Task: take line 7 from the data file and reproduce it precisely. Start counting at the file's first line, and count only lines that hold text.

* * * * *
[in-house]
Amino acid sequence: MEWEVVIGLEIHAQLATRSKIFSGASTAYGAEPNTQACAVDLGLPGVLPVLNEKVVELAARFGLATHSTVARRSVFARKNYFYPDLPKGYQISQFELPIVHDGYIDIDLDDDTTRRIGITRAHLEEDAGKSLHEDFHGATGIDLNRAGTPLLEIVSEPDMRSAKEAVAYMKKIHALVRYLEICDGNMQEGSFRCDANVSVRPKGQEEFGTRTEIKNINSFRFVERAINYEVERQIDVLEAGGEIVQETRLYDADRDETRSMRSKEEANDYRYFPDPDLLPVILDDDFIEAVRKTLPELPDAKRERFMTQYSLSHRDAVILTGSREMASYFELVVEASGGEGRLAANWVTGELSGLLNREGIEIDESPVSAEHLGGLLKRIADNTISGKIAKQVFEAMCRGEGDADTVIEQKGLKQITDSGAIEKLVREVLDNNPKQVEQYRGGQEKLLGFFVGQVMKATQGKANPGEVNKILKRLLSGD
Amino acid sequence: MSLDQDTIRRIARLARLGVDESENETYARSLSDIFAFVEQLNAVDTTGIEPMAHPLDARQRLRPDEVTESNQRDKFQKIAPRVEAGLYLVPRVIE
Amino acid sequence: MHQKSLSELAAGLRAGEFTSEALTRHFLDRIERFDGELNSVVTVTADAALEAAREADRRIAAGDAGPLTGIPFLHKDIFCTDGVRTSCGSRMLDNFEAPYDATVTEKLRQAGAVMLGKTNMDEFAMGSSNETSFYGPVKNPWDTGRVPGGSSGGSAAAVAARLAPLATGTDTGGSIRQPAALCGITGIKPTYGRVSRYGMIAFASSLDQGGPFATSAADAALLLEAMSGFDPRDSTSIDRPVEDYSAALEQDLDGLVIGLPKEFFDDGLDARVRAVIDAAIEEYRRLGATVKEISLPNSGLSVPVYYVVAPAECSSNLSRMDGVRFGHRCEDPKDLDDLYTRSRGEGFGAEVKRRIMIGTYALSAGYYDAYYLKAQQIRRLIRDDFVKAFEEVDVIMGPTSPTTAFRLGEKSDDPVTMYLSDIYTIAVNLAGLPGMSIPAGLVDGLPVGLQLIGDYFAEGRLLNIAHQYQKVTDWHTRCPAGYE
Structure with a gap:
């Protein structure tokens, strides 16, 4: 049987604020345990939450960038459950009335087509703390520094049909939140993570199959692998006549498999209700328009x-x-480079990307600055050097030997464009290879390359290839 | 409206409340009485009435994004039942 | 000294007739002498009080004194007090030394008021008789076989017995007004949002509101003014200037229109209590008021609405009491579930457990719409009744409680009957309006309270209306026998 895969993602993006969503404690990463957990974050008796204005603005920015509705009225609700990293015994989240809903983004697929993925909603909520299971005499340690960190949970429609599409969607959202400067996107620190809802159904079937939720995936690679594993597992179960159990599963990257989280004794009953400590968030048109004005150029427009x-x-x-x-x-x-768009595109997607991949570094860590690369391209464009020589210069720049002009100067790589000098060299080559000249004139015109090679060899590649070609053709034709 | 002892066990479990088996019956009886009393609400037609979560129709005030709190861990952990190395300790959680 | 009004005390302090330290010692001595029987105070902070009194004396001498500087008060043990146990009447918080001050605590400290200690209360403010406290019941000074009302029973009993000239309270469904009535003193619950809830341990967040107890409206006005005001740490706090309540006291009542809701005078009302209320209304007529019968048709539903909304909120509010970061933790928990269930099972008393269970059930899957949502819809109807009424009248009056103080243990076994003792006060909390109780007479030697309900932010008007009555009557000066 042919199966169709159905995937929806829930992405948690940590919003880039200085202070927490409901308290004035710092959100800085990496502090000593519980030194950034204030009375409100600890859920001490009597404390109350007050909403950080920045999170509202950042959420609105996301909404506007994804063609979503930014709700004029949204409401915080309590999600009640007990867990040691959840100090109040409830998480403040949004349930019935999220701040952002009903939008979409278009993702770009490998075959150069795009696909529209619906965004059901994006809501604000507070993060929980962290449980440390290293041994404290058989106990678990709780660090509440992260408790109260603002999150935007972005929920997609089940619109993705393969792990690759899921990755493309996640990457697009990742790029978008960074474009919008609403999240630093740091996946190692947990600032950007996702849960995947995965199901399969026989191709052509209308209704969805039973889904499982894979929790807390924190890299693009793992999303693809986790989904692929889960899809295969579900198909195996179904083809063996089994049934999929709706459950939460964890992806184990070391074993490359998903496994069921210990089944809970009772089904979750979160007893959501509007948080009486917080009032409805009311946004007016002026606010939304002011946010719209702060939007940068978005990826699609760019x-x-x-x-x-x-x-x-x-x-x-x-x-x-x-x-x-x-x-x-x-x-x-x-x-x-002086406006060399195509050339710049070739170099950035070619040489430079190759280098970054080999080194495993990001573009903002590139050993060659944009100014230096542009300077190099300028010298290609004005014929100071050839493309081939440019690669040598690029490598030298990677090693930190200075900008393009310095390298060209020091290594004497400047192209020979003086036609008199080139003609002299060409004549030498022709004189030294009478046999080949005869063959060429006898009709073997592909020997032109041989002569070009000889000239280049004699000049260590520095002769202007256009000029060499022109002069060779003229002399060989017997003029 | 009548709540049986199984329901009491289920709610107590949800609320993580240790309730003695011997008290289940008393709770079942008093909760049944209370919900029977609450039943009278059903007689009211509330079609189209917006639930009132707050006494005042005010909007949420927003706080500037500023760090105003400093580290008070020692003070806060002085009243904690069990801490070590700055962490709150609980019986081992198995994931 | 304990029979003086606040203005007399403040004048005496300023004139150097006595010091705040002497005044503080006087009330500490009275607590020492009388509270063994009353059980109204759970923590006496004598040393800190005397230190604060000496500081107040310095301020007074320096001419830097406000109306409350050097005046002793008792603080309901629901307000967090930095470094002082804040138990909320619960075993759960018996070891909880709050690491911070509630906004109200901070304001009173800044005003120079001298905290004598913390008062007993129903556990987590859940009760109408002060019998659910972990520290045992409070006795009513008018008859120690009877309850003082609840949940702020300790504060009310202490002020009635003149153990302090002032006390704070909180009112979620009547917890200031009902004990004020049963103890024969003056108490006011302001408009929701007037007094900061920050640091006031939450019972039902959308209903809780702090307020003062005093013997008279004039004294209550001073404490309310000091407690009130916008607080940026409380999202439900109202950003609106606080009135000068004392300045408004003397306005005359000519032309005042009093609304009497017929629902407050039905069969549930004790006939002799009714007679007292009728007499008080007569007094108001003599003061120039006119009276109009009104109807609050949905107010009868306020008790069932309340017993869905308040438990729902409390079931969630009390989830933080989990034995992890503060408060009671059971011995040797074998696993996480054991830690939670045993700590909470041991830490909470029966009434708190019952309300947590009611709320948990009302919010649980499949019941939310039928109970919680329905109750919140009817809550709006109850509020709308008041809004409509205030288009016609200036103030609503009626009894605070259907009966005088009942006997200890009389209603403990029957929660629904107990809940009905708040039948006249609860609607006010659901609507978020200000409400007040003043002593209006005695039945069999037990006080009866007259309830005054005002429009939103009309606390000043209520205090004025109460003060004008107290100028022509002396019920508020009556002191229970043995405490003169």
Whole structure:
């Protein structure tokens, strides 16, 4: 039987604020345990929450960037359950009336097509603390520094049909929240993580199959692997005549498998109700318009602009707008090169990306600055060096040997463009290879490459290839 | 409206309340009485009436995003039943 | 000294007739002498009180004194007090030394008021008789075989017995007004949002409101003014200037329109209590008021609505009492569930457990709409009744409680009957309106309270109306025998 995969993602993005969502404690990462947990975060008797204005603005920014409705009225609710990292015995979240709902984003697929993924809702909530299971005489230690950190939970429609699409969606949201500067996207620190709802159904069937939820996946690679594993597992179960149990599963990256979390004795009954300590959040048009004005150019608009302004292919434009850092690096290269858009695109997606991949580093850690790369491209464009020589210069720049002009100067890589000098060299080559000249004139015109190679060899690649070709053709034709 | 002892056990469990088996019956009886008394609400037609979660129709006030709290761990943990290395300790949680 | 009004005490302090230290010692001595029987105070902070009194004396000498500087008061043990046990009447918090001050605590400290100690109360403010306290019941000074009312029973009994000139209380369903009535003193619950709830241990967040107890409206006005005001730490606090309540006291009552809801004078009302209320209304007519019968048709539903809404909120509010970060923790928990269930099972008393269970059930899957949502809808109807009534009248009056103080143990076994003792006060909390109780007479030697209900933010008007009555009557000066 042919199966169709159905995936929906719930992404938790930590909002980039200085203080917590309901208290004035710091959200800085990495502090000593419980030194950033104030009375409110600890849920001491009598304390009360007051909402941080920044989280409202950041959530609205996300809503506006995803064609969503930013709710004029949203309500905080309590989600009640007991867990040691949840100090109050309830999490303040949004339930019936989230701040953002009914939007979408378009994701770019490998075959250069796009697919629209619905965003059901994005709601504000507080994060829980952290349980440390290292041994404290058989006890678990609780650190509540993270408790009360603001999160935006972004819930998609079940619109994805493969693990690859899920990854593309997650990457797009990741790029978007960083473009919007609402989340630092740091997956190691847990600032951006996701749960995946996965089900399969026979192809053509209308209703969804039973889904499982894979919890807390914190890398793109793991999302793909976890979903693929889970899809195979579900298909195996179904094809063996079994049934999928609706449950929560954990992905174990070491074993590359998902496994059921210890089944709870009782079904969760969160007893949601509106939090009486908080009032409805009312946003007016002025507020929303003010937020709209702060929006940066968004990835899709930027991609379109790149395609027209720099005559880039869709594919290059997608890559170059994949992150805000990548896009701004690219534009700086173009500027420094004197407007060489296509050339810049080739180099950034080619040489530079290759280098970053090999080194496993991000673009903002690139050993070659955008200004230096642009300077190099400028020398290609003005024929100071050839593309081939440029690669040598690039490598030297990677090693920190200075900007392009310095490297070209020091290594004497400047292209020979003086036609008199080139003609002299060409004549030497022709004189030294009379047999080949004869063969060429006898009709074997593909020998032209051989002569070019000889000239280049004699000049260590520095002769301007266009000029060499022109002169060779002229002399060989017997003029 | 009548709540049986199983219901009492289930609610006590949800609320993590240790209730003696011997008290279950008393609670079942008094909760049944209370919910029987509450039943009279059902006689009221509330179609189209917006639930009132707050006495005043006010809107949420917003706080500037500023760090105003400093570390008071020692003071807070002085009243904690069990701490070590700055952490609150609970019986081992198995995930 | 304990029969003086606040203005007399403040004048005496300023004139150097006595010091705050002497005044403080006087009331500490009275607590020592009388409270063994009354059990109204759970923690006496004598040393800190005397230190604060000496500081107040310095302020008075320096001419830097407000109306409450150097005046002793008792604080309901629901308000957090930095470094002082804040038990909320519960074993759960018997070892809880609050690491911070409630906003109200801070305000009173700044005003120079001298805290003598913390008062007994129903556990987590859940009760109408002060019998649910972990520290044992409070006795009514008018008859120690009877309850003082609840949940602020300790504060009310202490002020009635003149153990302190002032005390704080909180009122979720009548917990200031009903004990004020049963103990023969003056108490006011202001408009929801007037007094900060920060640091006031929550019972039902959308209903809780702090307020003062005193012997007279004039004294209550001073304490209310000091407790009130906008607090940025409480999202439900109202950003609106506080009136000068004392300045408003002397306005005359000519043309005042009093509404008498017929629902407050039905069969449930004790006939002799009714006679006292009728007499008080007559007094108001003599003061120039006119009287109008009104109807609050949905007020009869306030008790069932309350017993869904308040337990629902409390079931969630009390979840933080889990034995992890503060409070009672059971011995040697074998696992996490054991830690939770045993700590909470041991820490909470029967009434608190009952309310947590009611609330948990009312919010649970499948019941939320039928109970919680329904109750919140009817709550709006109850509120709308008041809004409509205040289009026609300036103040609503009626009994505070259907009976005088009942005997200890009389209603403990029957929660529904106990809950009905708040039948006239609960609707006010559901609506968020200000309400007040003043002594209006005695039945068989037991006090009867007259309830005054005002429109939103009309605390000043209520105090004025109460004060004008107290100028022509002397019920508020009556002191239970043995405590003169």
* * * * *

Whole structure: